On the Road to Quantum Magnonics: Extremely Low Loss Spin Waves in V[TCNE]2

Who: Ezekiel Johnston-Halperin, Ohio State University
When: 
Thursday, October 12, 2017 - 4:00pm to 5:00pm
Where: 
321 Allen Hall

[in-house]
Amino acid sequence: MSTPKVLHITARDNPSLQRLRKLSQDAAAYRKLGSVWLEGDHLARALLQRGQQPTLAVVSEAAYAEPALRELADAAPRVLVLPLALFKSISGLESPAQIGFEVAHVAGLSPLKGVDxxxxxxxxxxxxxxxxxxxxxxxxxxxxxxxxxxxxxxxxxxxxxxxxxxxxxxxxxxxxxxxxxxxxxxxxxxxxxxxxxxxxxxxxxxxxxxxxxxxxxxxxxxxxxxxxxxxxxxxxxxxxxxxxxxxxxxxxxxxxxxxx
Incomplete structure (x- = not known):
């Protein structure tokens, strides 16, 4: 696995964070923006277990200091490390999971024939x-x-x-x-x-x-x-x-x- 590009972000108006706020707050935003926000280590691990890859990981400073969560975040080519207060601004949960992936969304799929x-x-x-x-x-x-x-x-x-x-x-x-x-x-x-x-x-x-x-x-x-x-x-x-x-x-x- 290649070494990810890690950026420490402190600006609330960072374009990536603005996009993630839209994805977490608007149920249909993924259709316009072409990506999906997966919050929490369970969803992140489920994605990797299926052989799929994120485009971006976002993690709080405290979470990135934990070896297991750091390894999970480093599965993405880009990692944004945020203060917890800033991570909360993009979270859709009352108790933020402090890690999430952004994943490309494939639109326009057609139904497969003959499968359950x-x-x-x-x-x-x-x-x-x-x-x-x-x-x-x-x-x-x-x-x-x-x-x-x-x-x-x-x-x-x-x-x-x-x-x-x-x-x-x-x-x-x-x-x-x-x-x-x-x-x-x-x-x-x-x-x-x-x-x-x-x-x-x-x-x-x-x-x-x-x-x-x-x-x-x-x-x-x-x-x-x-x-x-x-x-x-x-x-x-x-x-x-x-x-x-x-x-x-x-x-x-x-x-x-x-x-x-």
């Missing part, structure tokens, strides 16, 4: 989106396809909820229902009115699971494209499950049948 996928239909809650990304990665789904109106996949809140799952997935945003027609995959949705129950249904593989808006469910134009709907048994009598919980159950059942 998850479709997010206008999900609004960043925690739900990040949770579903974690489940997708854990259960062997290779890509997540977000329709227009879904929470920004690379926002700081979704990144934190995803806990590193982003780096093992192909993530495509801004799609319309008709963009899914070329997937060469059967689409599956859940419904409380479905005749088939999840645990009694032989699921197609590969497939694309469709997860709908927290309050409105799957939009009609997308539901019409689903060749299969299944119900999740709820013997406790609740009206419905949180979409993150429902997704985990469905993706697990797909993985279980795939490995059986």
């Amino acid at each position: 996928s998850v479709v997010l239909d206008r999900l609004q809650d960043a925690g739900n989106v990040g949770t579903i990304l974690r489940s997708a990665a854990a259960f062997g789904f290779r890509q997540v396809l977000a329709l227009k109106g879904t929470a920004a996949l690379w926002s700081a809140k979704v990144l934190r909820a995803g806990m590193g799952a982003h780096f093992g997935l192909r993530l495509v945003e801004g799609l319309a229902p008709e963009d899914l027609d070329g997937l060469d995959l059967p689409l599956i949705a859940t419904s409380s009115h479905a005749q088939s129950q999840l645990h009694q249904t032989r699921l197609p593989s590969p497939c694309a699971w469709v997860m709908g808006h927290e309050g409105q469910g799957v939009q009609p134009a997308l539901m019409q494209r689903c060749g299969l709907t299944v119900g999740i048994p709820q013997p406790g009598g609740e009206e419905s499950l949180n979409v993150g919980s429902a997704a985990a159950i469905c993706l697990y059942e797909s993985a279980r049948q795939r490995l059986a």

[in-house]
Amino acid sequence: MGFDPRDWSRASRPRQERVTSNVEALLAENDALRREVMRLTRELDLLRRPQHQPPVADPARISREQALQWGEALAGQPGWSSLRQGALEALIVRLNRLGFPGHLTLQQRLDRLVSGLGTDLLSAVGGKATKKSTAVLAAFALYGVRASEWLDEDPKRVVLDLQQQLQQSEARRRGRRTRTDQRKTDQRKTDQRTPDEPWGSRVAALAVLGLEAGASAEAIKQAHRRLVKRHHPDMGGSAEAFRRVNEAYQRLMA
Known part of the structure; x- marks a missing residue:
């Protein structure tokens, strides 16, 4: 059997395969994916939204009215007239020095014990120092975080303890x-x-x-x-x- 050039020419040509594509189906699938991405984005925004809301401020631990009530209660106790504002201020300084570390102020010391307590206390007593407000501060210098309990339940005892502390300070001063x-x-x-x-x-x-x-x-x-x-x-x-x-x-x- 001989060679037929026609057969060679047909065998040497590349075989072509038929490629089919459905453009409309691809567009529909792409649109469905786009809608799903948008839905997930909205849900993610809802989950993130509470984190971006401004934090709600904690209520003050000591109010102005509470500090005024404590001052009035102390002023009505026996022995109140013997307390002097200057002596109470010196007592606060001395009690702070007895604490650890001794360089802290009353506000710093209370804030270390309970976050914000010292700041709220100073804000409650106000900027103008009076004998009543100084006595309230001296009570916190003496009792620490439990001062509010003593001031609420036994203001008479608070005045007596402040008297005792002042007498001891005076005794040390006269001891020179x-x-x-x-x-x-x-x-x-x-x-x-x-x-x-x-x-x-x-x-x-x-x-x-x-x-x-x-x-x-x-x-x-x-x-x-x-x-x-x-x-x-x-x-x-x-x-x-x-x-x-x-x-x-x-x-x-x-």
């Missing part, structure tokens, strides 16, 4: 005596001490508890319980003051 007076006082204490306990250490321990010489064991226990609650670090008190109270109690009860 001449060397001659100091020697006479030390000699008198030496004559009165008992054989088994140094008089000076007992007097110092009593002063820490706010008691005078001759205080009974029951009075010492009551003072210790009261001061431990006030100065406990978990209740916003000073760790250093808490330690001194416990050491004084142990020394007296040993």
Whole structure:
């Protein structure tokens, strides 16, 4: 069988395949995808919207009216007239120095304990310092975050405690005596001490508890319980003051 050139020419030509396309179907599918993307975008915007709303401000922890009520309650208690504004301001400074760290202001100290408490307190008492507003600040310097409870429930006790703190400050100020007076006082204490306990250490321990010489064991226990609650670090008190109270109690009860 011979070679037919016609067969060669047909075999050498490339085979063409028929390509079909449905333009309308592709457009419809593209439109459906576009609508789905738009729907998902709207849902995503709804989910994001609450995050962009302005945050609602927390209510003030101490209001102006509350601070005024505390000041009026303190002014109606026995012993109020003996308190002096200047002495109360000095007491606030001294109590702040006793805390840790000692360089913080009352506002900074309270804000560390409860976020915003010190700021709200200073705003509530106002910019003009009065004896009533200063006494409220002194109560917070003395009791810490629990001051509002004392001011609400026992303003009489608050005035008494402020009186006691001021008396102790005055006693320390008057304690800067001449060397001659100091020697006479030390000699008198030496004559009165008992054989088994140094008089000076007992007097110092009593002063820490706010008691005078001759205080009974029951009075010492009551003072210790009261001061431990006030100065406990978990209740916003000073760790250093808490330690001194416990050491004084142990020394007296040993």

Organic and organic-based materials are broadly attractive as a complement to inorganic materials due to their relative ease of fabrication, mechanical flexibility, and the ability to tune molecular properties. These benefits have been slow to accrue to the fields of spintronics and magnonics due to the combined challenges of interfacing organic and inorganic materials and the lack of “native” organic or organic-based magnetic materials with suitable DC and microwave magnetic properties. Here I will present a series of recent breakthroughs in the synthesis, device integration, and measurement of organic-based magnets that lay the foundation for all organic spintronic magnonic devices. I will discuss advances in encapsulation strategies that allow direction integration with microwave devices, the use of ligand substitution to generate a library of related magnetic materials, the growth of all-organic and hybrid organic/inorganic magnetic heterostructures, and measurements of ferromagnetic resonance (FMR) linewidths of ~ 0.7 Oe, superior to comparable thin films of yttrium iron garnet (YIG). Finally, we demonstrate the potential for real world applications in the construction of a V[TCNE]2 based spin-wave resonance device with spectral tuning from 1 – 5 GHz and a quality factor in excess of 3,200 that operates under ambient conditions. These results pave the way to both a dramatic increase in the design space of traditional microwave devices and the development of novel coherent magnonic structures.